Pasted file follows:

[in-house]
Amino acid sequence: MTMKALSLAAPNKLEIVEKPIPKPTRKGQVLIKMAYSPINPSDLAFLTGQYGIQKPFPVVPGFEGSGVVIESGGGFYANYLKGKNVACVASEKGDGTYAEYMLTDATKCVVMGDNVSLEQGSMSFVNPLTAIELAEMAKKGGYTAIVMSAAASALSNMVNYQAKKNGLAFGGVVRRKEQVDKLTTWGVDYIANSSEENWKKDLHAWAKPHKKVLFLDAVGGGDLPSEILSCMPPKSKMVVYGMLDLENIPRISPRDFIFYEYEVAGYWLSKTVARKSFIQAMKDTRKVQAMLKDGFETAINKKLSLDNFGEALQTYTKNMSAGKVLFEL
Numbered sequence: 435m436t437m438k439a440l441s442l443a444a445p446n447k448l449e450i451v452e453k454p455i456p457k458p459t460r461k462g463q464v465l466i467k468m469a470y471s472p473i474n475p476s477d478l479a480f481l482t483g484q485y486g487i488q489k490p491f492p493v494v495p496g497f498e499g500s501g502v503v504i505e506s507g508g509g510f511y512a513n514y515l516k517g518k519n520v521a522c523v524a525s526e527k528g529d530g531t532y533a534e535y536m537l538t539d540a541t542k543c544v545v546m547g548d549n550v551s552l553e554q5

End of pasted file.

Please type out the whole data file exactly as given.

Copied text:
[in-house]
Amino acid sequence: MTMKALSLAAPNKLEIVEKPIPKPTRKGQVLIKMAYSPINPSDLAFLTGQYGIQKPFPVVPGFEGSGVVIESGGGFYANYLKGKNVACVASEKGDGTYAEYMLTDATKCVVMGDNVSLEQGSMSFVNPLTAIELAEMAKKGGYTAIVMSAAASALSNMVNYQAKKNGLAFGGVVRRKEQVDKLTTWGVDYIANSSEENWKKDLHAWAKPHKKVLFLDAVGGGDLPSEILSCMPPKSKMVVYGMLDLENIPRISPRDFIFYEYEVAGYWLSKTVARKSFIQAMKDTRKVQAMLKDGFETAINKKLSLDNFGEALQTYTKNMSAGKVLFEL
Numbered sequence: 435m436t437m438k439a440l441s442l443a444a445p446n447k448l449e450i451v452e453k454p455i456p457k458p459t460r461k462g463q464v465l466i467k468m469a470y471s472p473i474n475p476s477d478l479a480f481l482t483g484q485y486g487i488q489k490p491f492p493v494v495p496g497f498e499g500s501g502v503v504i505e506s507g508g509g510f511y512a513n514y515l516k517g518k519n520v521a522c523v524a525s526e527k528g529d530g531t532y533a534e535y536m537l538t539d540a541t542k543c544v545v546m547g548d549n550v551s552l553e554q5